Among those other apps were games like Plant vs. Zombie and Angry Ninja Birds. You can probably already see where this is going: The games were knockoffs of best-selling games on the App Store. Temple Run creator Imangi Studios has spoken out on the copy, claiming that it was a scam. It's certainly a blessing for Apple to intervene, but could the damage have already been done?
"It was upsetting to us to see some people suggesting we had anything to do with this scam app. We work very hard to create polished products, and this was damaging our brand," Temple Run co-creator Natalia Luckyanova told VentureBeat. "Due to the popularity of Temple Run, which has had over 30 million downloads, this scam got to #1 Top Paid app two days after launch. Having something like this sit at #1, with thousands of angry reviews and a whopping 1 star review average, clearly hurts the App Store customer experience"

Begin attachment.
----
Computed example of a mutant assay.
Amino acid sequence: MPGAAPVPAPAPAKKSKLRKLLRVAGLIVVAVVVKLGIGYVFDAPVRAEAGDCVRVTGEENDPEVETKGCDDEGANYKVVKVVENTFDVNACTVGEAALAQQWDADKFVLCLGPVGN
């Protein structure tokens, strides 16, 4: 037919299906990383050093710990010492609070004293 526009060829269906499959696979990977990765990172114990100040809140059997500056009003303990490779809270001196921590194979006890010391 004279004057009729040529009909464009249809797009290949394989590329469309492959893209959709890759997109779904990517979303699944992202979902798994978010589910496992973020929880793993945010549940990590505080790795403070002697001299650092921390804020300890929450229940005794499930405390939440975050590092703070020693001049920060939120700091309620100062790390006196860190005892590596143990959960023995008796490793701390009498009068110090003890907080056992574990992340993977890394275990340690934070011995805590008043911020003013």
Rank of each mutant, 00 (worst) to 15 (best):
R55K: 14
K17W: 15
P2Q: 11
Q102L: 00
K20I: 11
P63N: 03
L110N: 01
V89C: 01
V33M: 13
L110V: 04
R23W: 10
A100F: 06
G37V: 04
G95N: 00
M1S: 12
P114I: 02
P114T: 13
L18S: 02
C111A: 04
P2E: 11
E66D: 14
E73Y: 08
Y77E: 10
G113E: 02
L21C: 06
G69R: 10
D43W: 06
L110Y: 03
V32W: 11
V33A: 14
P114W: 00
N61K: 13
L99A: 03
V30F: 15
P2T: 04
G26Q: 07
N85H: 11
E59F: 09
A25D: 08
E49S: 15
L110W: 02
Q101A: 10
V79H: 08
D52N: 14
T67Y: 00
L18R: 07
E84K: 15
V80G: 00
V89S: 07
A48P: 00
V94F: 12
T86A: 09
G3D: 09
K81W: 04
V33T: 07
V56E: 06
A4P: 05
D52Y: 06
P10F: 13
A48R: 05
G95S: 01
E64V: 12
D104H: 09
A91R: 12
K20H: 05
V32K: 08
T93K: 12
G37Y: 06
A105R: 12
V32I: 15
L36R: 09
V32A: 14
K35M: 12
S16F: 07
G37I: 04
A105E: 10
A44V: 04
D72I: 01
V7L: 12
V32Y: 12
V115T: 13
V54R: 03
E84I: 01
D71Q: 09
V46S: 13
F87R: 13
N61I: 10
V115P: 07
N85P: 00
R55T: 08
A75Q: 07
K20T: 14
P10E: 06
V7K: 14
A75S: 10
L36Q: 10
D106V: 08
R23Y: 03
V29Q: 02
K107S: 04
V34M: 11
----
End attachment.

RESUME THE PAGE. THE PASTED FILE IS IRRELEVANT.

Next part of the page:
Concern over copycatting in social and mobile games has come to head in 2012, and this is no exception. It's interesting to see a platform holder like Apple step in. Both Facebook and the Android Market are like the Wild West compared to Apple's precious walled garden, which approves all that comes in. Perhaps the two stand to learn a thing or two from the iPhone maker.
Do you think Apple was right in stepping in on this situation? Do you wish Facebook and other platform providers would do the same? Sound off in the comments. Add Comment.